What limits pesticide degradation in the field? Do genetic information help to improve biogeochemical models?
PhD Researcher: Luciana Chavez Rodriguez
Supervisors: Thilo Streck (University of Hohenheim), Holger Pagel (University of Hohenheim), Brian Ingalls (University of Waterloo)
Many pesticides and associated metabolites are frequently detected in soils and groundwater. Most of these substances are fully biodegradable in soil under controlled conditions in the laboratory. Under field conditions, limiting factors of pesticide degradation leading to pesticide persistence in soils remain largely unclear. This project aims to elucidate microbial and physicochemical controls of pesticide degradation by process-based modeling.
We will use gene-based biogeochemical models informed by genetic data to find improved process descriptions of pesticide degradation in soils. We will develop and apply spatially distributed models (1D-3D) to quantify the effect of the encounter/ separation between pesticide degraders and substrates on pesticide degradation at the small-scale. Model development will be done for the herbicides 2-methyl-4-chlorophenoxyacetic acid and atrazine1,2 based on the PECCAD model3,4. Sensitivity studies and scenario simulations will elucidate the impact of small-scale processes on pedon-scale pesticide degradation. This will guide deriving conceptual approaches to find improved up-scaled expressions for pesticide turnover applicable in larger-scale soil-crop models (e.g., Expert-N).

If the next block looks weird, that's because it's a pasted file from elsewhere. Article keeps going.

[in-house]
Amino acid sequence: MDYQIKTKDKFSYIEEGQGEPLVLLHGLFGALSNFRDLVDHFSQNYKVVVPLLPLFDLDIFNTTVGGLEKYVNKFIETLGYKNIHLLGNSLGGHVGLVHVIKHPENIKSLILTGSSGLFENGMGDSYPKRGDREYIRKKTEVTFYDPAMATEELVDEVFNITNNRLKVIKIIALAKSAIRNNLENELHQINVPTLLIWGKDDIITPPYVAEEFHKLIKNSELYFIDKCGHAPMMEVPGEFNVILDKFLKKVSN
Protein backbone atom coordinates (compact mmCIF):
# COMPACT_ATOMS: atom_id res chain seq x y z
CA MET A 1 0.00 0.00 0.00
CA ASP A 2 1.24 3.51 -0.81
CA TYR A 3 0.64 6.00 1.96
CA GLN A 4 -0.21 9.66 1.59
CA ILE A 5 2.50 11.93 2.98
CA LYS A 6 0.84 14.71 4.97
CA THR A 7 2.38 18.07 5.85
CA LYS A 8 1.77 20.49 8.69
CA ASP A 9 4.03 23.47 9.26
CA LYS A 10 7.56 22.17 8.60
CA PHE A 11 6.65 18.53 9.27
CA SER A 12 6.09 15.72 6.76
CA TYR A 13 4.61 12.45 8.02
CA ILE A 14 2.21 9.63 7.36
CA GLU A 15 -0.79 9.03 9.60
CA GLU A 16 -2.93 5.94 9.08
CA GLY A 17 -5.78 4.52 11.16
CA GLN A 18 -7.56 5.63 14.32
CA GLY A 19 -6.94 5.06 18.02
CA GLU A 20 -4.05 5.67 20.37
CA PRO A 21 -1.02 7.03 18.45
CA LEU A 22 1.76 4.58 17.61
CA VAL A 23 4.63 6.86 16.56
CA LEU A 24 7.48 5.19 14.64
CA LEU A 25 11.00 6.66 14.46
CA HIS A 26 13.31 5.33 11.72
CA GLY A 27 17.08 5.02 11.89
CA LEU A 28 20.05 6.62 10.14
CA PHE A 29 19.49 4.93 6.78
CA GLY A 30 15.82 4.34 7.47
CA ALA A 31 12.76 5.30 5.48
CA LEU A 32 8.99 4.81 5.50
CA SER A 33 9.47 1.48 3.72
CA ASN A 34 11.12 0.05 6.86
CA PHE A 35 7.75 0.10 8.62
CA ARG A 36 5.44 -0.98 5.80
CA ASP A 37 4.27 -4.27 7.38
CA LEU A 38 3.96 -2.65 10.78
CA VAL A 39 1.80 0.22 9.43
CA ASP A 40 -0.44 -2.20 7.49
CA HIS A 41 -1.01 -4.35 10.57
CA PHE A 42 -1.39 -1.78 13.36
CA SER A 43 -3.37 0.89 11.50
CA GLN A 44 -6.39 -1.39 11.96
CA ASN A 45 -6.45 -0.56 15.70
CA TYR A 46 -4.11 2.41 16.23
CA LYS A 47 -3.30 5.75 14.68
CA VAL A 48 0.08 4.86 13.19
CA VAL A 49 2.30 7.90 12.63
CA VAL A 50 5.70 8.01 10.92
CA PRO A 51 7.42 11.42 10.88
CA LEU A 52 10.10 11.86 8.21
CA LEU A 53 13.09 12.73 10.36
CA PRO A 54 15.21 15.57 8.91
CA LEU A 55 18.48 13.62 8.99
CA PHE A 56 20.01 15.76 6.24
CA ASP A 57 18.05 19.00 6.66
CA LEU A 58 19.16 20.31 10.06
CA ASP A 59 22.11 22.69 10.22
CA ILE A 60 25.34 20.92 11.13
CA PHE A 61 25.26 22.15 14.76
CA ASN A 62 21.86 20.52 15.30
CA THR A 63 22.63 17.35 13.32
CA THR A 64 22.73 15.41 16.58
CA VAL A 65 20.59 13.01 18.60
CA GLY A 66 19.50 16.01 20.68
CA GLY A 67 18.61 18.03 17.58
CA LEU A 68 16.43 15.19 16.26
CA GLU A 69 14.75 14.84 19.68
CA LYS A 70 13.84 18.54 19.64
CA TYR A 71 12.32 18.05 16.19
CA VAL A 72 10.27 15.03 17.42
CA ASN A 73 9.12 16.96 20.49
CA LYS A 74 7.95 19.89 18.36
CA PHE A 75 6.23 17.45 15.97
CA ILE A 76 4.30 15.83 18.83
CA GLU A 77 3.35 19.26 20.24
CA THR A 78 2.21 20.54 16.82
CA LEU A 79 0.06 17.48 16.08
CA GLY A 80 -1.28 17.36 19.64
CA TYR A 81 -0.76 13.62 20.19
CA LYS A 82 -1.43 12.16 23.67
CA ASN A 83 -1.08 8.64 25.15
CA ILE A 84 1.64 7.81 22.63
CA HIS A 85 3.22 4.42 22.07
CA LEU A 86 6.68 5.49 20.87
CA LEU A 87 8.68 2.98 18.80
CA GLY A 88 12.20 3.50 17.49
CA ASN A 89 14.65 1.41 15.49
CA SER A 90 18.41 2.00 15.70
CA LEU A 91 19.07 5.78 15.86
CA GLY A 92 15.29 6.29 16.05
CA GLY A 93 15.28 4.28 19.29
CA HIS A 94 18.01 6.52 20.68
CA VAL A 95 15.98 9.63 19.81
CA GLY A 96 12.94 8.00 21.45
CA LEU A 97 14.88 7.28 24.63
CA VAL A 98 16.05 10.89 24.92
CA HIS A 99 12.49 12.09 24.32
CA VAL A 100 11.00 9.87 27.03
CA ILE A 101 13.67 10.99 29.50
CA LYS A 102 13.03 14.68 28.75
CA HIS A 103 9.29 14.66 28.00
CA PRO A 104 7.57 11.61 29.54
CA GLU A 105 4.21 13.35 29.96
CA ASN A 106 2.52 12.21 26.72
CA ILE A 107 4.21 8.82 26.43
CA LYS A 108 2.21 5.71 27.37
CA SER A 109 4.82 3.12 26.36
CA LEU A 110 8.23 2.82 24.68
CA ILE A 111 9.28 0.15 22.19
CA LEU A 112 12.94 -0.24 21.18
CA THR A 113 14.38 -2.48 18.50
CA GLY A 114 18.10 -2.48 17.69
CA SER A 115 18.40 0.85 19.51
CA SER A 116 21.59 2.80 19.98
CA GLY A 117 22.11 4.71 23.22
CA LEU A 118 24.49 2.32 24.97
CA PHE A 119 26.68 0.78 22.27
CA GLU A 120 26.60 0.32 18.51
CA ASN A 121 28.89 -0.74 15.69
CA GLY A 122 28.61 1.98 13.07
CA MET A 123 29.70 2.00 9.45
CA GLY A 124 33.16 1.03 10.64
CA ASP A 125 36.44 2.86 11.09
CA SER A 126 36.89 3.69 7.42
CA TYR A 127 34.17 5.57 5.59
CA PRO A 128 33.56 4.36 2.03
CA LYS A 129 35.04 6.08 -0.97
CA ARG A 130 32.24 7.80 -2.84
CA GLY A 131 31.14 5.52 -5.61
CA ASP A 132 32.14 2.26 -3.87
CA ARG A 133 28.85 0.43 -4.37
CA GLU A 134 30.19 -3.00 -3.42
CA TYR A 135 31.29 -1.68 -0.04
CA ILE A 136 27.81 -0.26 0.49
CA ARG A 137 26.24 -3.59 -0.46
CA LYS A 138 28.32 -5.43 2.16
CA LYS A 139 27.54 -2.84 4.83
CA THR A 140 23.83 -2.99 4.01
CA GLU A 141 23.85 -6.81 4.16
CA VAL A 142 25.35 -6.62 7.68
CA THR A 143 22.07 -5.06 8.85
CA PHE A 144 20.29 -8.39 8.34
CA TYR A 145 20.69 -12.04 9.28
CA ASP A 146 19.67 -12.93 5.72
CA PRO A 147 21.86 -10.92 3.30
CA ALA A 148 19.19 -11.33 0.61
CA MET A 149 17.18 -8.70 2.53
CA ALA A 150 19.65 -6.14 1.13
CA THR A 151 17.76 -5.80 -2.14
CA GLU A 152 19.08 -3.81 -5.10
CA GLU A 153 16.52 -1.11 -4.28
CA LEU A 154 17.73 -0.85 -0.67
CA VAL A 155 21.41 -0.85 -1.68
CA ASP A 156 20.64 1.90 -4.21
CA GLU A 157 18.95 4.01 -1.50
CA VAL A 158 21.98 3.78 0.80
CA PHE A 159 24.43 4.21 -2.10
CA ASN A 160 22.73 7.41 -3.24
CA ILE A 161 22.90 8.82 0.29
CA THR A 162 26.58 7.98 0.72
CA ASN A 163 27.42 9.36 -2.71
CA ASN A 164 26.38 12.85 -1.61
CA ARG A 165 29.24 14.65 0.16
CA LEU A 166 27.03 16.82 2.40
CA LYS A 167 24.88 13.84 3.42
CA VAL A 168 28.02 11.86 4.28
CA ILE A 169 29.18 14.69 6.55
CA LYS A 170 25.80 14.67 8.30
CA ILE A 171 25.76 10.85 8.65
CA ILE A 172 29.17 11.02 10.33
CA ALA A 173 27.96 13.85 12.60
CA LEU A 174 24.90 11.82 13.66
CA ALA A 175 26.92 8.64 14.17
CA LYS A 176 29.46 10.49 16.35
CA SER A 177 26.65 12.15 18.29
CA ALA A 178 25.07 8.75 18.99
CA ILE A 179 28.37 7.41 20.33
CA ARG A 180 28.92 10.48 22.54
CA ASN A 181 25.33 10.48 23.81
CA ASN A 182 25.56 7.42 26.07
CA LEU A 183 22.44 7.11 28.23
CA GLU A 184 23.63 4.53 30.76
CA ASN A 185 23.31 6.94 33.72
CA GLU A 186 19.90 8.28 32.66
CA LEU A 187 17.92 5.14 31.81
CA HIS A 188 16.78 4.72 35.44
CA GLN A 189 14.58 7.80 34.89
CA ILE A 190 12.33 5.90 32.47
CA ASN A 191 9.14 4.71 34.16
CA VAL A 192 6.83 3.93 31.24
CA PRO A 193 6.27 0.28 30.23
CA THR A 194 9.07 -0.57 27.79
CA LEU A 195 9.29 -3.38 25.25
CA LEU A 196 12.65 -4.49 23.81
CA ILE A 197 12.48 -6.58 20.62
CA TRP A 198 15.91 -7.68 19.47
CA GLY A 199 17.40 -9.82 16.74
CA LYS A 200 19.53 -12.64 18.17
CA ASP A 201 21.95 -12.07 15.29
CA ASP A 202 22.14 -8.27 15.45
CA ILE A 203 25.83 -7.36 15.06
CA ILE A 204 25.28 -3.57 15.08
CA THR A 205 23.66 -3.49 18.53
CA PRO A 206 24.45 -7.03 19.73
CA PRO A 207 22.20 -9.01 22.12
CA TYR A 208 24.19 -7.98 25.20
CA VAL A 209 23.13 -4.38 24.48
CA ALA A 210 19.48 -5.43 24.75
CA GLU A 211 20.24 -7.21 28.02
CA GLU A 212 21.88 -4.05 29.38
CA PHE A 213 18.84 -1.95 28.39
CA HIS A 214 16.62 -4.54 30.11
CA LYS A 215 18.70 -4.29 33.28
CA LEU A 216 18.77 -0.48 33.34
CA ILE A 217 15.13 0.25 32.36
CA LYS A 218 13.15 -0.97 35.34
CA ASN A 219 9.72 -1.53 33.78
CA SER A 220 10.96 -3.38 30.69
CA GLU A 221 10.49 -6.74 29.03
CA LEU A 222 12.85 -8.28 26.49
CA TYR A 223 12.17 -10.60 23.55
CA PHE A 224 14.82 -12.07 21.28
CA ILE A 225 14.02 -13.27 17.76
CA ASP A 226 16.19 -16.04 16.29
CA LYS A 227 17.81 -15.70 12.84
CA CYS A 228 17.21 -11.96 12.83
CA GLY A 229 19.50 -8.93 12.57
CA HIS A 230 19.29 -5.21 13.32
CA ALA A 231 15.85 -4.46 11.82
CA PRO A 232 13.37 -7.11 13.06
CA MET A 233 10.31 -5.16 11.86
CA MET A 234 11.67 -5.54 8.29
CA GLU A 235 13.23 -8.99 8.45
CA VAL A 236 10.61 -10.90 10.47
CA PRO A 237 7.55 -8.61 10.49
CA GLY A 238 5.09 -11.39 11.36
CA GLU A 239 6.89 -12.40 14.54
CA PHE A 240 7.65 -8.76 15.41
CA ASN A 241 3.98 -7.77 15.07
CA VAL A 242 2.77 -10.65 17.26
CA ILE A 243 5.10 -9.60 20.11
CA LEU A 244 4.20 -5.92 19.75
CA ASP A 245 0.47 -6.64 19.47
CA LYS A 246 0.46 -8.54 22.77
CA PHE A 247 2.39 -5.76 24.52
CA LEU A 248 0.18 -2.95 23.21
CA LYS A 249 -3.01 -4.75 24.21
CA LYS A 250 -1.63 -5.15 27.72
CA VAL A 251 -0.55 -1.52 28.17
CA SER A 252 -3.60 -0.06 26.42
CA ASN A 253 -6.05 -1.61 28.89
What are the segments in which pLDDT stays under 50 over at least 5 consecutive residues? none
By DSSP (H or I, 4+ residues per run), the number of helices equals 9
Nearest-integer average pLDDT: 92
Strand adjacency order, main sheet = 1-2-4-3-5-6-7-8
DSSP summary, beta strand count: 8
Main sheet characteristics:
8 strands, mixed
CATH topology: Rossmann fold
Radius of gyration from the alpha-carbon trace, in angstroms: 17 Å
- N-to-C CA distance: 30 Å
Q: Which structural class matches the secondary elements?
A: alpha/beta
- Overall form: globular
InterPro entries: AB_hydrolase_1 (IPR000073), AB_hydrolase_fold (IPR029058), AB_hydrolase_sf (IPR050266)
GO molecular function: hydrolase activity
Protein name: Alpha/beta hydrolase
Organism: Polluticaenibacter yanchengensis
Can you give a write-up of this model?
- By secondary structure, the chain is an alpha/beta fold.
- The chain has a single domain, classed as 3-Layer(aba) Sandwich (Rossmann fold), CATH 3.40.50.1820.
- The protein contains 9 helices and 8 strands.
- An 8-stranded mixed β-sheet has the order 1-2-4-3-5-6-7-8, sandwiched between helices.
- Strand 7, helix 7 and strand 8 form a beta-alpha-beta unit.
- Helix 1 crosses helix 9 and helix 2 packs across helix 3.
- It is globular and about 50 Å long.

- What are the key factors of pesticide degradation in soils: Microbial factors (Energy-limited growth, enzyme or gene production) or physicochemical factors (sorption)?
- What is the role of spatial distribution of degraders and pesticides in pesticide degradation in soils?
- Which key processes and regulation mechanisms are useful for the derivation of simplified up-scaled expressions of pesticide turnover in soils?
With the project, we expect to find the key processes and factors that determine pesticide turnover and persistence in soils under field conditions. Additionally, we expect to establish a basic approach of pesticide turnover in soils that represent the implications of the heterogeneous spatial distribution of pollutants and microorganisms in soils.
- Udikoviç-Koliç, N., Scott, C. & Martin-Laurent, F. Evolution of atrazine-degrading capabilities in the environment. Appl. Microbiol. Biotechnol. 96, 1175–1189 (2012)
- Bælum, J. et al. Direct analysis of tfdA gene expression by indigenous bacteria in phenoxy acid amended agricultural soil. ISME J. 2, 677–687 (2008)
- Pagel, H. et al. Micro-scale modeling of pesticide degradation coupled to carbon turnover in the detritusphere: Model description and sensitivity analysis. Biogeochemistry 117, 185–204 (2014)
- Pagel, H., Poll, C., Ingwersen, J., Kandeler, E. & Streck, T. Modeling coupled pesticide degradation and organic matter turnover: From gene abundance to process rates. Soil Biol. Biochem. 103, 349–364 (2016)